According to a 2020 study, physical distancing due to COVID-19 can cause extreme mental health issues, especially in the elderly already dealing with such problems. The separation from loved ones, coupled with boredom and a loss of freedom, can cause deterioration in an individual’s mental health. Relatives were preoccupied even when residents needed to be transferred to a quarantine ward, either if found positive for COVID-19 or after attending appointments outside the residential home. Communication barriers could have been another issue for elderly persons in residential care. The increased workload on residential staff meant that it was not always easy to communicate effectively with residents and their relatives. In quarantine wards and certain residential homes, residents were not allowed to venture out of their wards or rooms. So physical interaction was also limited among the residents themselves.
This has led to increasing mental health issues across the whole population. Moreover, activities or outings were not being organised, which goes against all protocols in maintaining mental health, let alone in treating mental health issues.
Older Adults in the Community
The problems mentioned above concerning elderly people in residential facilities were only one aspect of the pandemic. The elderly living in private homes have presented somewhat bigger problems, concerns, and needs.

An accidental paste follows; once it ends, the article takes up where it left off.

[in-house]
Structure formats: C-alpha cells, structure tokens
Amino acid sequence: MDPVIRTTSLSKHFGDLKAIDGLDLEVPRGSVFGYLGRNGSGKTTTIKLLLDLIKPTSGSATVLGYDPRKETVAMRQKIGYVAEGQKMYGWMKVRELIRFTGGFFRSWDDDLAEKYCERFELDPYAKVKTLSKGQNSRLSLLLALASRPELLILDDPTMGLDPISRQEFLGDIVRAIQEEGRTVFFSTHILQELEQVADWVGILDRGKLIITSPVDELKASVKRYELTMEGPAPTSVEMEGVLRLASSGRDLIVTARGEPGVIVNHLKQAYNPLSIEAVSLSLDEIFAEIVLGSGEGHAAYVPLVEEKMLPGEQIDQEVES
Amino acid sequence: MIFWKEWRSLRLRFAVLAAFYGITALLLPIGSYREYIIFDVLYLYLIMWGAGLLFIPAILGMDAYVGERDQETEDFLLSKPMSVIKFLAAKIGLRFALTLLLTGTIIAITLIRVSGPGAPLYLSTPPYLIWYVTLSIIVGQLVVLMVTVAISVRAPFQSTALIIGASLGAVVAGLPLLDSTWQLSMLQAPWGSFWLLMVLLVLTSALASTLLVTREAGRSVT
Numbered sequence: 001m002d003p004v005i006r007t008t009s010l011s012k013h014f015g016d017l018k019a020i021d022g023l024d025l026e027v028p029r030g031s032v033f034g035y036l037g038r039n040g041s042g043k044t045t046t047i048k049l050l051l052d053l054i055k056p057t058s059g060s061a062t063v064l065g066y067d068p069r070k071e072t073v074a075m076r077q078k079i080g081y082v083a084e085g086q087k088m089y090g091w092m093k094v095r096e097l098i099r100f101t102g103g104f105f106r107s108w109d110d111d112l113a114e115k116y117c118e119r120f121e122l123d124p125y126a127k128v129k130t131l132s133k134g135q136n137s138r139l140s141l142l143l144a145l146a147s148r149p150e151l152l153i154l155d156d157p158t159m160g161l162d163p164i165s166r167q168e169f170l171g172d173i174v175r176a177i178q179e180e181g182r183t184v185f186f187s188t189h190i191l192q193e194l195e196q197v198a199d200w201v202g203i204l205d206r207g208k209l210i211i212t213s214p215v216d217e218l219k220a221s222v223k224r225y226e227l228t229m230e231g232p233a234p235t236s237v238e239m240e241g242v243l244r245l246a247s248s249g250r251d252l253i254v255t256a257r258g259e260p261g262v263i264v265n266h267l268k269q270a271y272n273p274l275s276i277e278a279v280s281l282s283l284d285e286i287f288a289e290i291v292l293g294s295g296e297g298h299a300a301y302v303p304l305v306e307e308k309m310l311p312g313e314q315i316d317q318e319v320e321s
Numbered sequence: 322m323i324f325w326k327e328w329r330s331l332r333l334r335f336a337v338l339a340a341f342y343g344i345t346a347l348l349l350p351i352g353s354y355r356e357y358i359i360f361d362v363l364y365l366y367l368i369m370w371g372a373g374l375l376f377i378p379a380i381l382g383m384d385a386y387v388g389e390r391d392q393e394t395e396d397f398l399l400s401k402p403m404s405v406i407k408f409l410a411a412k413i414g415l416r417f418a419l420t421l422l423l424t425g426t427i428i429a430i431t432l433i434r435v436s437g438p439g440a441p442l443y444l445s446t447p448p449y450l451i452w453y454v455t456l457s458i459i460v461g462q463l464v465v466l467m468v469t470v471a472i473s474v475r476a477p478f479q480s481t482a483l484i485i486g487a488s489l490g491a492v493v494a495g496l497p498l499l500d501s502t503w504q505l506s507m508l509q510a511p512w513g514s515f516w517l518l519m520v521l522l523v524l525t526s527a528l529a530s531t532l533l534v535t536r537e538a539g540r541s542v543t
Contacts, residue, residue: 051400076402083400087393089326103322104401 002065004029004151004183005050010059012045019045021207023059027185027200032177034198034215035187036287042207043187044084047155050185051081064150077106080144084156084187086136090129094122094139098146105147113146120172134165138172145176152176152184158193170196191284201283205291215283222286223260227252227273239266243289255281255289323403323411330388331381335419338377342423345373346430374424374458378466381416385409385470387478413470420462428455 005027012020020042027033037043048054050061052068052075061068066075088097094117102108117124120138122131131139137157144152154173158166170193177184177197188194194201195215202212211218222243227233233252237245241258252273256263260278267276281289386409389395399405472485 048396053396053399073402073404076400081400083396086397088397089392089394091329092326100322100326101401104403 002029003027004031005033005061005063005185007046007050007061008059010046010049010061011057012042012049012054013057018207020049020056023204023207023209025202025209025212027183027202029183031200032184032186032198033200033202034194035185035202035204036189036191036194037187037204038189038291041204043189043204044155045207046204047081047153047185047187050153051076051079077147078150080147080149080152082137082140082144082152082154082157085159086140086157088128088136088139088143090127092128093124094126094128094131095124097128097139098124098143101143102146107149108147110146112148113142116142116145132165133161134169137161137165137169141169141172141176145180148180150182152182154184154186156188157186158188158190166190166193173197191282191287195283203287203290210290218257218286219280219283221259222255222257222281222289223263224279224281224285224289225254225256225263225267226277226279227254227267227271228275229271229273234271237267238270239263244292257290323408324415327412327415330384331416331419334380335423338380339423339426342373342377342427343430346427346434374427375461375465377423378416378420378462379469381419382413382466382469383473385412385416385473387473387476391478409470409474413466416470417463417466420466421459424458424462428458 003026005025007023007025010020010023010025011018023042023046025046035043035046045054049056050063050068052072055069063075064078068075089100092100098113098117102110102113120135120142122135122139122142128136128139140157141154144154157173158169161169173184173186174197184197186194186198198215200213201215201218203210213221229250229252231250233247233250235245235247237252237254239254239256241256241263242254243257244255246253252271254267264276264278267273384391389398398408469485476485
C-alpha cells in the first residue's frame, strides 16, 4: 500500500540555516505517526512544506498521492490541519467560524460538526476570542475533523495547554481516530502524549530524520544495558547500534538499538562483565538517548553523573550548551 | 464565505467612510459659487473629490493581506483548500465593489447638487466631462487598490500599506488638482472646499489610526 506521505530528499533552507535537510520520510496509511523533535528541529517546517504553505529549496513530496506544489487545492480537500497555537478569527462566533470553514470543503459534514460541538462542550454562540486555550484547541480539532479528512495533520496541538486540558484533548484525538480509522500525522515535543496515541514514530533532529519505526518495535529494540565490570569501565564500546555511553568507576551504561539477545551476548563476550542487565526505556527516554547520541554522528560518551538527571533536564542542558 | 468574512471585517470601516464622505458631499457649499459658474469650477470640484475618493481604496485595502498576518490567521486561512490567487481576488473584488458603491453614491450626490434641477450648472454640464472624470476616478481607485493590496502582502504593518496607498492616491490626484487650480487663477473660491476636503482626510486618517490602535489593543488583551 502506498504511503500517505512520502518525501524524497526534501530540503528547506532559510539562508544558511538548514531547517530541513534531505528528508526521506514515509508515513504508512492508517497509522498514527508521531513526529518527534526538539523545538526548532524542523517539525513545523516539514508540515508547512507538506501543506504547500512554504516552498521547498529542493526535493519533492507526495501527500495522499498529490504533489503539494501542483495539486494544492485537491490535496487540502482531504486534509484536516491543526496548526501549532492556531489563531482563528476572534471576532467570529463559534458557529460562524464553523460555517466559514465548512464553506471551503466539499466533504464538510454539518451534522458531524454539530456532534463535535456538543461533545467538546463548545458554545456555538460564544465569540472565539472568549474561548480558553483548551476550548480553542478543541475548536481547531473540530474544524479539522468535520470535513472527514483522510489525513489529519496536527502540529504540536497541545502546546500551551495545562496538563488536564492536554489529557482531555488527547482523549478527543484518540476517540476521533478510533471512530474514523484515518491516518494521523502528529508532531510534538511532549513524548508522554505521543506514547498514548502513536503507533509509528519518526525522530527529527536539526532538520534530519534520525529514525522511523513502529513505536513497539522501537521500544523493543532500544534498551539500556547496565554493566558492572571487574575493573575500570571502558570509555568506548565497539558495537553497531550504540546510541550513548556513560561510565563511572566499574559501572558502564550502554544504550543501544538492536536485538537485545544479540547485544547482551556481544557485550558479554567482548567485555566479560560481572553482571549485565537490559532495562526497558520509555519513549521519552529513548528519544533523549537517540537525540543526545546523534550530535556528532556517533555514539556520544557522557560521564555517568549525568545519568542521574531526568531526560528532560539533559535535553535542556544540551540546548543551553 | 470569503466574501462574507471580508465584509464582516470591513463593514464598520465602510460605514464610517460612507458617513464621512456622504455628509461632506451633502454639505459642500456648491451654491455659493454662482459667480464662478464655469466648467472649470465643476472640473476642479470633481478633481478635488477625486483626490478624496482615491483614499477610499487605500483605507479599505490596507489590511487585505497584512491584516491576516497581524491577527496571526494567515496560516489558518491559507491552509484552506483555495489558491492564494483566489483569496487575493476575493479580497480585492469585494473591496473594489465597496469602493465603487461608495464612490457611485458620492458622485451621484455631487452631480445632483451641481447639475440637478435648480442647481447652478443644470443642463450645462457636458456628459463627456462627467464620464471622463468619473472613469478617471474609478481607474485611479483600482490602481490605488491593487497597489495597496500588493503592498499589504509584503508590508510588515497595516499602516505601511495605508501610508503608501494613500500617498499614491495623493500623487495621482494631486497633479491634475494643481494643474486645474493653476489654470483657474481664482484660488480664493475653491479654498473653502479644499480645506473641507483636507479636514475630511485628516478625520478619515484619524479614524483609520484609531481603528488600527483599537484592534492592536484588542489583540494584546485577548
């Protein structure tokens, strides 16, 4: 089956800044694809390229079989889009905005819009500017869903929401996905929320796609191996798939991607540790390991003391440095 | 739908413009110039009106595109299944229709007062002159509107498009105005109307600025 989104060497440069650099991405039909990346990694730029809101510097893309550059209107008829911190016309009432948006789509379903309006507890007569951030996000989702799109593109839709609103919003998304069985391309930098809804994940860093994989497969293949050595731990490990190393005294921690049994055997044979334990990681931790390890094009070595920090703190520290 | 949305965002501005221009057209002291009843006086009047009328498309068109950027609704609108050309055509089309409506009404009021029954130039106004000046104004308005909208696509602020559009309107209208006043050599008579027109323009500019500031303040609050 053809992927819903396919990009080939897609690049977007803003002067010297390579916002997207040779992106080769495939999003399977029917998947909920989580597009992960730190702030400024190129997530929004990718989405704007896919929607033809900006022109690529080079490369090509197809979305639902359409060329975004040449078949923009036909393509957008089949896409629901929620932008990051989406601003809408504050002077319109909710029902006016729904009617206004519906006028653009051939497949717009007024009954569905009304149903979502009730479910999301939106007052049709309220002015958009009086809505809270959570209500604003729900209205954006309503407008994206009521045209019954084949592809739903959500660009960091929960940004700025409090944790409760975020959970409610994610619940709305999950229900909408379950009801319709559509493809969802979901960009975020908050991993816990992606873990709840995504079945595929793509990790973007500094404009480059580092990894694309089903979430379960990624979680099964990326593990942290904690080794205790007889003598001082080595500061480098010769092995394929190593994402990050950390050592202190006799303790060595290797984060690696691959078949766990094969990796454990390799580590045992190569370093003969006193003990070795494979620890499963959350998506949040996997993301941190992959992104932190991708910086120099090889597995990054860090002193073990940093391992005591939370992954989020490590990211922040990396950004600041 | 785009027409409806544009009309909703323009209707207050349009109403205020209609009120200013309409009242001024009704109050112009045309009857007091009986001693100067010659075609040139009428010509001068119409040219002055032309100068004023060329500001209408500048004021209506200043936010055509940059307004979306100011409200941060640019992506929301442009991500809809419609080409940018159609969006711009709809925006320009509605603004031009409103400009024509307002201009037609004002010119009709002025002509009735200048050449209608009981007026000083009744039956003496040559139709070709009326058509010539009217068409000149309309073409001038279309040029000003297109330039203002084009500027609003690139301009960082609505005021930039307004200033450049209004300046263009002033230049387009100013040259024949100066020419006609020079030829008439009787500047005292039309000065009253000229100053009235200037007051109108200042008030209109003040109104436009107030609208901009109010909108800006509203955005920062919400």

Family members might have been hesitant to visit their vulnerable relatives out of fear. After all, nobody wants to be responsible for unknowingly infecting their loved ones. On the other hand, relatives were increasingly worried as they could not accompany elders for appointments and in cases where they might require hospitalisation. This was not just due to the restrictions imposed. There were cases where family members ended up in quarantine, preventing them from taking care of their elders’ daily basic needs like providing food, house-keeping, and self-care.
Such situations also resulted in other concerns and worries. Elders living alone may have been in danger of feeling lonely, especially if they had problems with mobility or other health problems. This increased the need to apply for caring services, such as telecare, Meals on Wheels, and home help. In some cases, hiring private carers for 24hr services was necessary; however, this was a luxury that few could afford – especially families with additional financial burdens due to lockdowns.
Anxiety and distress can be experienced due to physical isolation at home and can induce drastic negative effects on the mental health of the elderly. In fact, WHO recommends that relatives should check on older people and take some time to talk and get involved in their daily routines.